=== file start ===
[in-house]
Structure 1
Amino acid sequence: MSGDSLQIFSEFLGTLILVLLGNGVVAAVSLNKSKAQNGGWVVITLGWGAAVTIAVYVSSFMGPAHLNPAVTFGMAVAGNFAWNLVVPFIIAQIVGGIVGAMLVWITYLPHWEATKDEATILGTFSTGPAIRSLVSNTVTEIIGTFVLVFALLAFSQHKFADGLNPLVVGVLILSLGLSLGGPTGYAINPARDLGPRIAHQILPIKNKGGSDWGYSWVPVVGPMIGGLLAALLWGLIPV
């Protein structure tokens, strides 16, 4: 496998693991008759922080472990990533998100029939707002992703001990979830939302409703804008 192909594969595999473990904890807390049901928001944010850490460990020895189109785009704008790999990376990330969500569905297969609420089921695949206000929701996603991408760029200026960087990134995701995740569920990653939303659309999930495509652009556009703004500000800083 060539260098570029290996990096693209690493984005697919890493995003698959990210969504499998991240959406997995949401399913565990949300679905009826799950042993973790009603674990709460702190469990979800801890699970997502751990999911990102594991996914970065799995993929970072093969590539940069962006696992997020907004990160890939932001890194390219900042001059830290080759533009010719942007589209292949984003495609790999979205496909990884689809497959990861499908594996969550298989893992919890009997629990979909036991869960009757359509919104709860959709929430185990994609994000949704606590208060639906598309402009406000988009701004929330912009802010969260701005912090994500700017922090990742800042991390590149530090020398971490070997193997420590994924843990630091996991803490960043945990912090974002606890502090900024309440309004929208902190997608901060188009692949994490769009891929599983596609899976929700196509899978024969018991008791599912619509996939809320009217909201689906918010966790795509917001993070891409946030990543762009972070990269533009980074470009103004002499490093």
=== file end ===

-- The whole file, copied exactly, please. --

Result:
[in-house]
Structure 1
Amino acid sequence: MSGDSLQIFSEFLGTLILVLLGNGVVAAVSLNKSKAQNGGWVVITLGWGAAVTIAVYVSSFMGPAHLNPAVTFGMAVAGNFAWNLVVPFIIAQIVGGIVGAMLVWITYLPHWEATKDEATILGTFSTGPAIRSLVSNTVTEIIGTFVLVFALLAFSQHKFADGLNPLVVGVLILSLGLSLGGPTGYAINPARDLGPRIAHQILPIKNKGGSDWGYSWVPVVGPMIGGLLAALLWGLIPV
């Protein structure tokens, strides 16, 4: 496998693991008759922080472990990533998100029939707002992703001990979830939302409703804008 192909594969595999473990904890807390049901928001944010850490460990020895189109785009704008790999990376990330969500569905297969609420089921695949206000929701996603991408760029200026960087990134995701995740569920990653939303659309999930495509652009556009703004500000800083 060539260098570029290996990096693209690493984005697919890493995003698959990210969504499998991240959406997995949401399913565990949300679905009826799950042993973790009603674990709460702190469990979800801890699970997502751990999911990102594991996914970065799995993929970072093969590539940069962006696992997020907004990160890939932001890194390219900042001059830290080759533009010719942007589209292949984003495609790999979205496909990884689809497959990861499908594996969550298989893992919890009997629990979909036991869960009757359509919104709860959709929430185990994609994000949704606590208060639906598309402009406000988009701004929330912009802010969260701005912090994500700017922090990742800042991390590149530090020398971490070997193997420590994924843990630091996991803490960043945990912090974002606890502090900024309440309004929208902190997608901060188009692949994490769009891929599983596609899976929700196509899978024969018991008791599912619509996939809320009217909201689906918010966790795509917001993070891409946030990543762009972070990269533009980074470009103004002499490093």